Of our five senses, the one we pay the least attention to, and science studies the least, is touch. Yet recent experiments indicate that we may be vastly underrating the first sense we develop. Everything from the feel of the chair you sit on to what you're holding can influence your behavior and the decisions you make.
Imagine yourself touching this. You'll be kinder in the comments.
Over a series of studies, scientists found that they could easily manipulate people's feelings and perceptions based on nothing more than what the subjects were touching. Holding heavier objects, for instance, made men think more seriously about things, which in turn made them more likely to donate money to charity if asked. Men holding lighter objects were less likely to donate to charitable causes. People handling rough objects were more likely to see neutral social situations in a bad light, saying that other people were obviously in a bad mood. That means that the answer to arguably the most frequently asked question over the course of human history -- "What the fuck is your problem?" -- might be as simple as "The tag on this new underwear is digging into my ass."
He killed millions. But in his defense, that shirt looks wicked itchy.
Perhaps the most shocking find was that your hands didn't have to be the things doing the touching. People who sat in hard chairs were more likely to maintain a hard line in negotiations and were less receptive to their partner's way of thinking. So watch out for that next time you try to convince your boss you need a raise. If instead of a chair she offers you a pile of ducklings to sit on, you're basically screwed. After all, to be truly effective, ass kissing probably needs to be taken in new, horrifically literal directions.
One of the reasons it's difficult to lie to someone's face is that it's not just the words you're saying that have to sound convincing. You have to think about eye contact, body movements -- everything has to come together to tell a believable lie. Because of this, psychologists have always known that people are more likely to lie in a letter than face-to-face.
But a recent study found that while you might fib with pen and paper you are almost guaranteed to lie over email. Participants in the study were instructed to split $89 with a second party. They were told the other participant would not know the amount being split, and had to accept any amount offered. An incredible 92 percent of people using email lied about the amount of money they were splitting. Only 64 percent of those writing it down did (although, 64 percent? We're just bad at being a species, aren't we?). On average, the email users gave their partners $27 less than a fair split.
Person + Computer = Sociopath.
Not only that, the email users actually felt justified in lying. It seems that the act of merely staring at a computer screen is like injecting your soul with Botox, removing all emotional investment and guilt about what you type. It might be worth keeping that in mind the next time your boss emails you to tell you how well he thought your presentation went.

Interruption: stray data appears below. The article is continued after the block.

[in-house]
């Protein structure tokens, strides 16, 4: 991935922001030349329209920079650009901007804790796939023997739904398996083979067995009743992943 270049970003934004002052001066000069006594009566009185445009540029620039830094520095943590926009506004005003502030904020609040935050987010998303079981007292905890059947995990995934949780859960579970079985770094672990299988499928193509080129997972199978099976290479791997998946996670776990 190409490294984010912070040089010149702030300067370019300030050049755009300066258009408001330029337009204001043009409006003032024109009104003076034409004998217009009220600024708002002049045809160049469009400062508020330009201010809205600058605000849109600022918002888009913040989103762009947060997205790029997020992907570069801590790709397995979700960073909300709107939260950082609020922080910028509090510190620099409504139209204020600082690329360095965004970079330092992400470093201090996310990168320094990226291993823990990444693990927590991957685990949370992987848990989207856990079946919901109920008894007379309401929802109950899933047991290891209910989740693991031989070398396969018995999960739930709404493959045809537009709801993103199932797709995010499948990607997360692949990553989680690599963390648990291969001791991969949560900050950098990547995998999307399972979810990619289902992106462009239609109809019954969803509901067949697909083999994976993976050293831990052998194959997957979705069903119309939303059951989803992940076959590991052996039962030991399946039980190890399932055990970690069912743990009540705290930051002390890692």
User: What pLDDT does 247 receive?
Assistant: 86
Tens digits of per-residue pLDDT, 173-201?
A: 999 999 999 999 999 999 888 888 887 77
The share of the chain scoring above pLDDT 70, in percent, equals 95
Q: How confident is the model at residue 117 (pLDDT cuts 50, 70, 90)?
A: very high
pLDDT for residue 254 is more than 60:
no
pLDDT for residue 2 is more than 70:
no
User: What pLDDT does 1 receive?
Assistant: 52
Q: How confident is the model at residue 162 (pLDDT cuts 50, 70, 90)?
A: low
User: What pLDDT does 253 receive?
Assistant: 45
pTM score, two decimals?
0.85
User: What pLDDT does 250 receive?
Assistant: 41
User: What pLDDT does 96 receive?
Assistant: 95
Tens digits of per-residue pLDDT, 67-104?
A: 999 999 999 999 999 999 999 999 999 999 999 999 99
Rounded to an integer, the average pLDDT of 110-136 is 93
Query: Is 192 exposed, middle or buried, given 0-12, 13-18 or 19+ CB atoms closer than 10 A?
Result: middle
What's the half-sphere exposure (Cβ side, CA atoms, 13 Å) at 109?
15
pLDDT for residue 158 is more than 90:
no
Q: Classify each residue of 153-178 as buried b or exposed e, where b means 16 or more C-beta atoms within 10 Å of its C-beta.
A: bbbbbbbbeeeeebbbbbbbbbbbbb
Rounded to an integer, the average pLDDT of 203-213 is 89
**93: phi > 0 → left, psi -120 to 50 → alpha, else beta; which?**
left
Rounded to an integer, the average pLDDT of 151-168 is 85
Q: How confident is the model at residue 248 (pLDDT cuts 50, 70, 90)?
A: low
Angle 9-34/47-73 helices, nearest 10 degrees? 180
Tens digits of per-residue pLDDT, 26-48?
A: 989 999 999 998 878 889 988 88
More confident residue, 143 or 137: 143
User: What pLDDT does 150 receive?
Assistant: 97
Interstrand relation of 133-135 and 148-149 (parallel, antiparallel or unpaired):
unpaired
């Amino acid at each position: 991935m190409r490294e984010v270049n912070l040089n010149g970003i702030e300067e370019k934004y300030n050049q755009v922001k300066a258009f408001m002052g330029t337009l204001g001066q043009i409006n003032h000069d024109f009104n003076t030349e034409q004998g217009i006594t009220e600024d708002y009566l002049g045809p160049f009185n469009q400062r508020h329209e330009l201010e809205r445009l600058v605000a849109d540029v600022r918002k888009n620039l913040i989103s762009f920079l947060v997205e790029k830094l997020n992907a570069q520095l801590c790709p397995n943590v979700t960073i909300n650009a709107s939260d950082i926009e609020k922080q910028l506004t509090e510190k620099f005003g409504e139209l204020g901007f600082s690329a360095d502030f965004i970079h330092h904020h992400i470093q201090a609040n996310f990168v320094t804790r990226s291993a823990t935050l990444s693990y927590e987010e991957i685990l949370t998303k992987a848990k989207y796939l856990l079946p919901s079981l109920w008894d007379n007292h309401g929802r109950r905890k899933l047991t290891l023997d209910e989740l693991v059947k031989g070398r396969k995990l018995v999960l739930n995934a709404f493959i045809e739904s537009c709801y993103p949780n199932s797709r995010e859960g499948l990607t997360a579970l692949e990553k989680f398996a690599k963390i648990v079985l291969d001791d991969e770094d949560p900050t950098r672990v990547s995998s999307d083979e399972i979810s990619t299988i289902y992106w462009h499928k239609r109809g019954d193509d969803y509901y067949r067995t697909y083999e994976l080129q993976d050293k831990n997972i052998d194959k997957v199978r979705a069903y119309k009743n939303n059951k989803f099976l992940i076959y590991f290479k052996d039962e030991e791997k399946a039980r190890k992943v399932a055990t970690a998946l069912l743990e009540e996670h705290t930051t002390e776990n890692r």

Constant, manic paranoia is all that can save your career.
The movies are full of complex brainwashing plots. Well, it turns out you can forget sleeper agents and Manchurian candidates. We are all one simple step away from being mobilized into an evil army of blood thirsty killers. All it would take is a supervillain with the will to rule the world and a big enough magnet.
Did someone say magnets?
Yes, it turns out our moral compass is as easy to fool as, well, a non-moral compass. Scientists at MIT conducted a study in which they pointed a magnetic wave "behind the right ear" of volunteers who had apparently failed to read the most crucial fine print in the history of release forms. The scientists were apparently trying to test their hypothesis that the back right is the part of the brain that's responsible for telling right from wrong. If you're anything like us, you find the term "back right" unsettlingly vague when it's being used by the guys trying to figure out how to flip humanity's "sociopath" switch.
Without the aid of a goatee.
Well, in case you're bad at pattern recognition, the participants who had their moral centers magnetized demonstrated an impaired ability to tell the difference between right and wrong. The scientists found that subjects could have their morality wiped in half a second, or the time it would take you to turn around and ask the guy in the white lab coat why he's pointing a laser tag gun at the back of your head. This makes our ability to tell right from wrong easier to erase than a VHS tape.
All that stands between you and Evil You.
The study found that subjects were especially willing to accept immoral situations as long as there was a "happy" outcome that justified the immoral means. So there you go, humanity. The guy who controls the giant magnetic crane at the junk yard can persuade you to off his wife for him, but he'll need to promise you cake first.
Now learn about how you've always been a bad person, in 6 Shockingly Evil Things Babies Are Capable Of. And then find out why you'll continue to be one, in 6 Obnoxious Old People Habits (Explained by Science)k.
And stop by Linkstorm to meet more awful people on the Internet.
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